Is Gwyneth Paltrow's Goat Milk Cleanse Actually Dangerous?
Gwyneth Paltrow admits she tried a goat milk cleanse for 8 days. Experts say this is dangerous and could do more harm than good.
Around the Goop office, Gwyneth Paltrow isn’t just the boss, she also serves as the official guinea pig for all of Goop’s diets and cleanses. During a recent interview with Shape, Paltrow admitted to being the latest celebrity to try the goat milk cleanse for the sake of research. But while she liked its results, doctors warn it may have some consequences.
“That was really interesting,” she said about the eight-day cleanse. “It’s only goat’s milk and herbs. The theory is that we all have parasites, and they love the milk protein. So if you eat nothing else, they all come out of the intestinal wall and then you kill them with the herbs. I had to try it for Goop, but I felt so good after it.”
Since eight days seems to be a long time to only exist on goat milk and herbs alone, we reached out to three experts to find out what they think about this new trend that also counts model Miranda Kerr as a fan. They agree unanimously that this is not the healthiest thing to try.
“While there may be trace parasites living in our bodies, there is no real merit to doing this type of cleanse,” Miami-based registered dietician Jenny Carrazana told LIVESTRONG.COM. “This is not something that is backed by evidence-based research, and this is not an approach that would be recommended by a health care professional who practices sound science.”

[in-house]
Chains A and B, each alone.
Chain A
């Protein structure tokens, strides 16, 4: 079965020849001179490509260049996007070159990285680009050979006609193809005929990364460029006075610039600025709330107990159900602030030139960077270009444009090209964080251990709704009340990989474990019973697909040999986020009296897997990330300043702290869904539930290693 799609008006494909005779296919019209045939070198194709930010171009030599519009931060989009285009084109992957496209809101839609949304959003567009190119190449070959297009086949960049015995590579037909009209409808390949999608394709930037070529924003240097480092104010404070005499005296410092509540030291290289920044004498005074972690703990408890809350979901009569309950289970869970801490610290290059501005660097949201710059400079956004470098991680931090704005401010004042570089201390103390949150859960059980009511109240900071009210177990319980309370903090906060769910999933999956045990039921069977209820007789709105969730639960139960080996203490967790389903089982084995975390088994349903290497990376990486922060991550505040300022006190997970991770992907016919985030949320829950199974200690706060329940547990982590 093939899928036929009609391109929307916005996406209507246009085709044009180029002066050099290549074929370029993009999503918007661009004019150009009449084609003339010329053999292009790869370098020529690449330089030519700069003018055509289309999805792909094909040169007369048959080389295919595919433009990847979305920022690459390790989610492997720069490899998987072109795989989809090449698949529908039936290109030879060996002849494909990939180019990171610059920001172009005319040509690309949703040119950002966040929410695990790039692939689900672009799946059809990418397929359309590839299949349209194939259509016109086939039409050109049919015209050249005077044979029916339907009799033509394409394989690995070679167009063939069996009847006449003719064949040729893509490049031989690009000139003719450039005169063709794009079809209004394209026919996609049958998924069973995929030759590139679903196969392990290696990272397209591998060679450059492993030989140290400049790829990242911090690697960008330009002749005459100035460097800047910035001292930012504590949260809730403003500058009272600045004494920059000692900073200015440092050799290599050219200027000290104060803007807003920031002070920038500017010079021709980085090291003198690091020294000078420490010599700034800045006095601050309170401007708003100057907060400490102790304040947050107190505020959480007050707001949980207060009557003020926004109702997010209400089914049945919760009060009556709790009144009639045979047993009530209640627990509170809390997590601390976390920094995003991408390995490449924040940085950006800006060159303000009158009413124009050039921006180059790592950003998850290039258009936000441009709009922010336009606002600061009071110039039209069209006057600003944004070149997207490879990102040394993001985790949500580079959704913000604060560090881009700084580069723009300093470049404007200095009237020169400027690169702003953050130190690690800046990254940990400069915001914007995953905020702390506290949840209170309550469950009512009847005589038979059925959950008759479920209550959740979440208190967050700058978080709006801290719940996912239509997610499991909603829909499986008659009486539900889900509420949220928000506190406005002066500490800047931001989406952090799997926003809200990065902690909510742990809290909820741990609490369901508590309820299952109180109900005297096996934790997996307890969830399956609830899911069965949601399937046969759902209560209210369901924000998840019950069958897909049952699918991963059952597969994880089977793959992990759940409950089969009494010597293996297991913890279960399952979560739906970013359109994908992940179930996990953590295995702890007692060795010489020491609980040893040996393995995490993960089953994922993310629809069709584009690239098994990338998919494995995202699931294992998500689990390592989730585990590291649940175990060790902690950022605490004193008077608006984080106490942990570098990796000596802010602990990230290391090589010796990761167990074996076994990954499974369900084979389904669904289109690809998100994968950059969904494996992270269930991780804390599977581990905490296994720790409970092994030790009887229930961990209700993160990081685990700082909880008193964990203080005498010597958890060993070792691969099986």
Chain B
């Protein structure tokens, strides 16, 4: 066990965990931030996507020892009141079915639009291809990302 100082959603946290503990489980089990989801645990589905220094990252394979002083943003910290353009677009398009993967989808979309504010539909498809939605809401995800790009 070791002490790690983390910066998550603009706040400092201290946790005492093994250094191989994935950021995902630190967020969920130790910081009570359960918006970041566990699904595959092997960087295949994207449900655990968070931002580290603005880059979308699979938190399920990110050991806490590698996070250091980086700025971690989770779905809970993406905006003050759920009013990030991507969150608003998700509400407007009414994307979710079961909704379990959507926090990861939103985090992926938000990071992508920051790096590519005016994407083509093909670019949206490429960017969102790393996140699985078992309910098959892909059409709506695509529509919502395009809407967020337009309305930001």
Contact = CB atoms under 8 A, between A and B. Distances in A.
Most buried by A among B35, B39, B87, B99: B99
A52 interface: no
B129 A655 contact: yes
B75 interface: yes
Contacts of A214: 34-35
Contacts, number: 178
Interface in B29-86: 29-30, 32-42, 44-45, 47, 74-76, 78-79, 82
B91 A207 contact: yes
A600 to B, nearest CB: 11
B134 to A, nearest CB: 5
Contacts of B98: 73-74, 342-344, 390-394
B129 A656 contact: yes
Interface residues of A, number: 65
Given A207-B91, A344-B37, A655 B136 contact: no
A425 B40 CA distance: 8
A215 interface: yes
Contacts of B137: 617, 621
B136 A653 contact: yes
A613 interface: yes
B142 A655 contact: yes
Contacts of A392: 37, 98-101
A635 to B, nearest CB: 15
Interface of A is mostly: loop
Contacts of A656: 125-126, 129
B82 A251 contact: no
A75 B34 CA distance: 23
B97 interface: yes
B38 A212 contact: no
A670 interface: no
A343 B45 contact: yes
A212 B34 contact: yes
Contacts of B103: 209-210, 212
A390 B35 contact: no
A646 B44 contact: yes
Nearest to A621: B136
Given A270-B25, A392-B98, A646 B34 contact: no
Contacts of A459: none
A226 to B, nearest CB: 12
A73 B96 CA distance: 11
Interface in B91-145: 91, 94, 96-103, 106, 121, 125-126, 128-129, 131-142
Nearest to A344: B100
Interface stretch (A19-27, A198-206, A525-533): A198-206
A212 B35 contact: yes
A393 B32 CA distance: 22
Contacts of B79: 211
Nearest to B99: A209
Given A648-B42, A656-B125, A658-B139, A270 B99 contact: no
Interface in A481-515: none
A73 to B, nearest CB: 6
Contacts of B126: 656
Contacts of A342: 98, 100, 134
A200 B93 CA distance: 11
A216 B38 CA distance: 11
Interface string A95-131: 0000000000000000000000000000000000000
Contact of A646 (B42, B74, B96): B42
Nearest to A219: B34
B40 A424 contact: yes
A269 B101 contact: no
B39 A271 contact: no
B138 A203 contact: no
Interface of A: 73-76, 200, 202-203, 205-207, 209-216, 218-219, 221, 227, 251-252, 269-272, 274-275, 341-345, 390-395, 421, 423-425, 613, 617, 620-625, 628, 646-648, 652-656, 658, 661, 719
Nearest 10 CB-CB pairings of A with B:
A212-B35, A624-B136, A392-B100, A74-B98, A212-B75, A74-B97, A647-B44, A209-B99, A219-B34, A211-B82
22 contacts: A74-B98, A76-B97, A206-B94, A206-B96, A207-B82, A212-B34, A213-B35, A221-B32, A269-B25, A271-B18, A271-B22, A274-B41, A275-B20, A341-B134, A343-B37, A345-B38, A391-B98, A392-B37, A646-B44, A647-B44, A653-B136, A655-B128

Herbalife’s registered dietitian Susan Bowerman agrees and explains that our bodies handle clearing parasites all on their own. “The appeal seems to be the sense of wiping the slate clean — kind of like changing the oil in your car,” she said. “But your body is well equipped to handle pretty much whatever comes its way. Your liver, kidneys, lungs, skin and digestive system all do a good job in keeping what is useful and nourishing to the body, and, in fact, our bodies naturally detoxify every day.”
Rebecca Lewis, in-house dietician at HelloFresh.com, adds that not only is a goat milk cleanse ineffective, but it actually introduces more contaminants into the body — the opposite of what we’re trying to achieve here.
“The liver does an excellent job of detoxing our bodies, [but] it is on the clock nonstop, and over time it can get sluggish. Thus, detoxing should be an opportunity for the liver to slow down a bit and not have to work quite as hard. This can be accomplished by controlling the foods we put in our bodies to have as little contamination as possible.”
For anyone thinking of trying out this cleanse, Carrazana adds a warning: “Excessive amounts of calcium can inhibit iron absorption, which can lead to anemia. Another reason to stay away from this fad diet.”
If you still want to detox but don’t want to take Paltrow’s route and cash out your regular diet for a week's worth of goat milk, there are plenty of less unhealthy ways to detox naturally. Stay woke, guys. Stay woke.
Rosy Cordero is an entertainment and lifestyle writer based in Los Angeles. She has nearly 10 years covering celebrities and has been published in Variety, Latina, Variety Latino, Vice, Teen Vogue and NBC. When Rosy is not busy working the red carpet, she’s hot on the trail of her next exclusive.
What Do YOU Think?
Would you ever try a goat milk cleanse? Do you regularly detox? What are you go-to detox methods? Let us know in the comments below.